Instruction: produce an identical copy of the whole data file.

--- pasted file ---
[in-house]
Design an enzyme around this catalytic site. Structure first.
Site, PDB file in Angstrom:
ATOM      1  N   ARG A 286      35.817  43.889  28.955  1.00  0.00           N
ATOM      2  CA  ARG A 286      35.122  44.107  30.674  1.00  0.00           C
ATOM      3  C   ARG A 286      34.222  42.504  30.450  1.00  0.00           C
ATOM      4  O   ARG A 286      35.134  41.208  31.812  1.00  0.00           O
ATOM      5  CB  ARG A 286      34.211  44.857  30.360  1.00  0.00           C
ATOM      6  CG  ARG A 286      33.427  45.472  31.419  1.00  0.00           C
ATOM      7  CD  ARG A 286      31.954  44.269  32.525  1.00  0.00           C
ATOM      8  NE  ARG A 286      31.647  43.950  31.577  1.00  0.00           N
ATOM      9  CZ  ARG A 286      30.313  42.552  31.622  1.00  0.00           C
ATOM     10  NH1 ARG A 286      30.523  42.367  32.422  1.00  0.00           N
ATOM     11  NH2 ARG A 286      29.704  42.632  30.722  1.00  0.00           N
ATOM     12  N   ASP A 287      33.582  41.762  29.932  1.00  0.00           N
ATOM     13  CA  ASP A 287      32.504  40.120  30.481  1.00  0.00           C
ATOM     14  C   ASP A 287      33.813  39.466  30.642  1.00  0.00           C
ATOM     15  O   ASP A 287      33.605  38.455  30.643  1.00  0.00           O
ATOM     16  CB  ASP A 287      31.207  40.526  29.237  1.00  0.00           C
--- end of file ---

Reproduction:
[in-house]
Design an enzyme around this catalytic site. Structure first.
Site, PDB file in Angstrom:
ATOM      1  N   ARG A 286      35.817  43.889  28.955  1.00  0.00           N
ATOM      2  CA  ARG A 286      35.122  44.107  30.674  1.00  0.00           C
ATOM      3  C   ARG A 286      34.222  42.504  30.450  1.00  0.00           C
ATOM      4  O   ARG A 286      35.134  41.208  31.812  1.00  0.00           O
ATOM      5  CB  ARG A 286      34.211  44.857  30.360  1.00  0.00           C
ATOM      6  CG  ARG A 286      33.427  45.472  31.419  1.00  0.00           C
ATOM      7  CD  ARG A 286      31.954  44.269  32.525  1.00  0.00           C
ATOM      8  NE  ARG A 286      31.647  43.950  31.577  1.00  0.00           N
ATOM      9  CZ  ARG A 286      30.313  42.552  31.622  1.00  0.00           C
ATOM     10  NH1 ARG A 286      30.523  42.367  32.422  1.00  0.00           N
ATOM     11  NH2 ARG A 286      29.704  42.632  30.722  1.00  0.00           N
ATOM     12  N   ASP A 287      33.582  41.762  29.932  1.00  0.00           N
ATOM     13  CA  ASP A 287      32.504  40.120  30.481  1.00  0.00           C
ATOM     14  C   ASP A 287      33.813  39.466  30.642  1.00  0.00           C
ATOM     15  O   ASP A 287      33.605  38.455  30.643  1.00  0.00           O
ATOM     16  CB  ASP A 287      31.207  40.526  29.237  1.00  0.00           C